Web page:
Labour shadow foreign secretary Lisa Nandy’s recent comments on ‘putting Britain first’ bring with them the weighty context of divisive nationalism and traditionally right-wing rhetoric.
Speaking on BBC Radio 4’s Today programme on 22 September, Nandy heralded a policy change from Labour leader Keir Starmer:
Corbyn's Labour was demonised for championing internationalism and an inclusive collectivism, supporting migrant and minority rights. Now it seems Labour is going out of its way to disassociate from those values.
— rachel shabi (@rachshabi) September 22, 2020
Starmer and Nandy have signalled a switch in policy direction that emphasises family and tradition. This is the first sign that Labour’s messaging is drawing on values and phrases that are traditionally right-wing. David Cameron and Theresa May’s phrasing of British values are particularly pertinent here; both former prime ministers emphasised the centrality of respect and tolerance whilst overseeing regressive policies from the Windrush debacle to Prevent legislation.
Visions of a progressive Britain
Nandy began her comments by stating:
I think it is progressive and deeply ambitious to say that you love this country, that you love the people in it.
This seems like a harmless sentiment. But, linking progress and ambition raises a series of questions. Who shares this vision? Who do we see belonging to the Britain of the future? An understanding of Britain’s past opens up the limits of imagination as to who can be seen as carrying the potential for its future. Loving a country requires loving the past – the makings of a country – and for Britain this means a past strewn with colonialism, empire, and aggressive foreign policy.
With this context, it would certainly be ambitious to love Britain. Just perhaps not in the manner Nandy intended.
Remember the mugs
It further remains highly questionable as to how much of a pivot this actually represents for Labour policy under Starmer. As much as Theresa May’s ‘go home’ vans are, rightly, still criticised for their cruel symbolism, Labour’s “controls on immigration” mugs from 2015 show that border control and immigration are far too often the litmus test for the apparent viability of Labour to the general electorate:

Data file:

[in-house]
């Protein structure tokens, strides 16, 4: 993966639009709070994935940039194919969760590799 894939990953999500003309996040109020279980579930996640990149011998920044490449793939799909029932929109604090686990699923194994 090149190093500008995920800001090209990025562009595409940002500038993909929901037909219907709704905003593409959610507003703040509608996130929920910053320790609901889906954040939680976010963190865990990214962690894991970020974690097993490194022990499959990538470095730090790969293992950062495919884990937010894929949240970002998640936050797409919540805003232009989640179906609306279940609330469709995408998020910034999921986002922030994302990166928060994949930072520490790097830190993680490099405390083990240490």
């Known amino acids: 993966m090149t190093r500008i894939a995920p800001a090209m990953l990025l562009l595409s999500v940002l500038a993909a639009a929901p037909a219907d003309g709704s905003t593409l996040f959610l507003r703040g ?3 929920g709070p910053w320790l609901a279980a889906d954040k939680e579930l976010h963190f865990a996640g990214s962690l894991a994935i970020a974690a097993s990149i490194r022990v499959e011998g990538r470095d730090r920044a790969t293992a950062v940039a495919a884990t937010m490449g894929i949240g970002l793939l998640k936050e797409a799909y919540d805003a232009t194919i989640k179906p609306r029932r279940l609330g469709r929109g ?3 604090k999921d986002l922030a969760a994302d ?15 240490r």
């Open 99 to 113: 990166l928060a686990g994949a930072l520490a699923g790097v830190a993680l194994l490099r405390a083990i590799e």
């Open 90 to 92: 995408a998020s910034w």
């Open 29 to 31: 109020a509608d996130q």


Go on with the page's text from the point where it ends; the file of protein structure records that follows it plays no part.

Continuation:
— ITV News (@itvnews) March 28, 2015
Nandy is plainly attempting to appeal to those who ground their politics in love for their country. However, patriotism that seeks to uphold borders and immigration controls as proof of a nation state’s power requires robust challenging.
Standing up for Britain
Nandy continued that Labour has:
set out in a number of areas, including in my area of foreign policy, that we stand up for Britain, we stand up for British people, we stand up for British interests, and we will always put that first. And that we want to come together now, not just as a party, but as a country after a very divisive few years.
Nationalism and patriotism have increasingly come to be associated with far right and white nationalist politics. Whilst it may hold that one does not always denote the other, it is unavoidable that the association has weight. Putting Britain first mimics Donald Trump’s repeated claims to put America, and American interests first.
Making Britain great again has its own history for Britain, as referenced in scholar Paul Gilroy’s Small Acts [p. 28]. Gilroy describes party slogans during the summer of the 1987 election:
The Labour Party pleaded for Britain to heal its deep internal divisions and become ‘one nation again’ while the Conservatives underlined their success in ‘putting the Great back into Britain’…this language made no overt reference to ‘race’ but it acquired racial referents. Everyone knows what is at stake when patriotism and deference to the law are being spoken about.
The language of putting a nation first has historically been a dogwhistle for race relations. Nandy’s use of “British interests” and uniting the country carry disturbing parallels to the Labour and Conservative election campaigns from 1987, as well as Trump’s brand of patriotic zeal.
Just as Nandy’s comments can lead us to ask who belongs to the British future she envisions, they also lead us to ask who this unity includes.
If it’s “divisive” to say that Britain is a racist country (as Stormzy was viciously criticised for), or to say that Black Lives Matter (sparking tens of thousands of complaints), then maybe we’re better off with divisiveness. A divisiveness that more fully examines whose futures are at stake, and whose interests we’re fighting for has to be better than a fall into unified fascism.
Featured image via Kevin Walsh/Flickr
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